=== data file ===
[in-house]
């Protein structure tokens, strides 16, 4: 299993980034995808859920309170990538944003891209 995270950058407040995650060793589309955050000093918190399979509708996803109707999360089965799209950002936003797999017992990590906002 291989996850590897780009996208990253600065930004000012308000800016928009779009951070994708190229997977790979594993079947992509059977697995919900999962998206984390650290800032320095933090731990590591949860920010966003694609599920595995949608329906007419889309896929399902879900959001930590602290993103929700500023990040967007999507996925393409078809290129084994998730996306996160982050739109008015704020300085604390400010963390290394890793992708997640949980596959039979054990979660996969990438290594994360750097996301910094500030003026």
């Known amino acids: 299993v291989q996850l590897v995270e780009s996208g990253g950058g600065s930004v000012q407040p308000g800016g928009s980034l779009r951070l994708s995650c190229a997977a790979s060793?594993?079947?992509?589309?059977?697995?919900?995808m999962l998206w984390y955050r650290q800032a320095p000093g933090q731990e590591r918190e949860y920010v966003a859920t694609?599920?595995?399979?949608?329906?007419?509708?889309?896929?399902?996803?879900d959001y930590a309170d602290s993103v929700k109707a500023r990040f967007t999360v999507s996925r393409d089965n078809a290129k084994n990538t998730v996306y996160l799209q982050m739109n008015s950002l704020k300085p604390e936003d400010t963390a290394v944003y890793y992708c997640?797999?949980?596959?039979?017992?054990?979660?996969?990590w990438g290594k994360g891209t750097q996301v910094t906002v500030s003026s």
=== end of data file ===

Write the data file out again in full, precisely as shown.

[in-house]
């Protein structure tokens, strides 16, 4: 299993980034995808859920309170990538944003891209 995270950058407040995650060793589309955050000093918190399979509708996803109707999360089965799209950002936003797999017992990590906002 291989996850590897780009996208990253600065930004000012308000800016928009779009951070994708190229997977790979594993079947992509059977697995919900999962998206984390650290800032320095933090731990590591949860920010966003694609599920595995949608329906007419889309896929399902879900959001930590602290993103929700500023990040967007999507996925393409078809290129084994998730996306996160982050739109008015704020300085604390400010963390290394890793992708997640949980596959039979054990979660996969990438290594994360750097996301910094500030003026």
């Known amino acids: 299993v291989q996850l590897v995270e780009s996208g990253g950058g600065s930004v000012q407040p308000g800016g928009s980034l779009r951070l994708s995650c190229a997977a790979s060793?594993?079947?992509?589309?059977?697995?919900?995808m999962l998206w984390y955050r650290q800032a320095p000093g933090q731990e590591r918190e949860y920010v966003a859920t694609?599920?595995?399979?949608?329906?007419?509708?889309?896929?399902?996803?879900d959001y930590a309170d602290s993103v929700k109707a500023r990040f967007t999360v999507s996925r393409d089965n078809a290129k084994n990538t998730v996306y996160l799209q982050m739109n008015s950002l704020k300085p604390e936003d400010t963390a290394v944003y890793y992708c997640?797999?949980?596959?039979?017992?054990?979660?996969?990590w990438g290594k994360g891209t750097q996301v910094t906002v500030s003026s």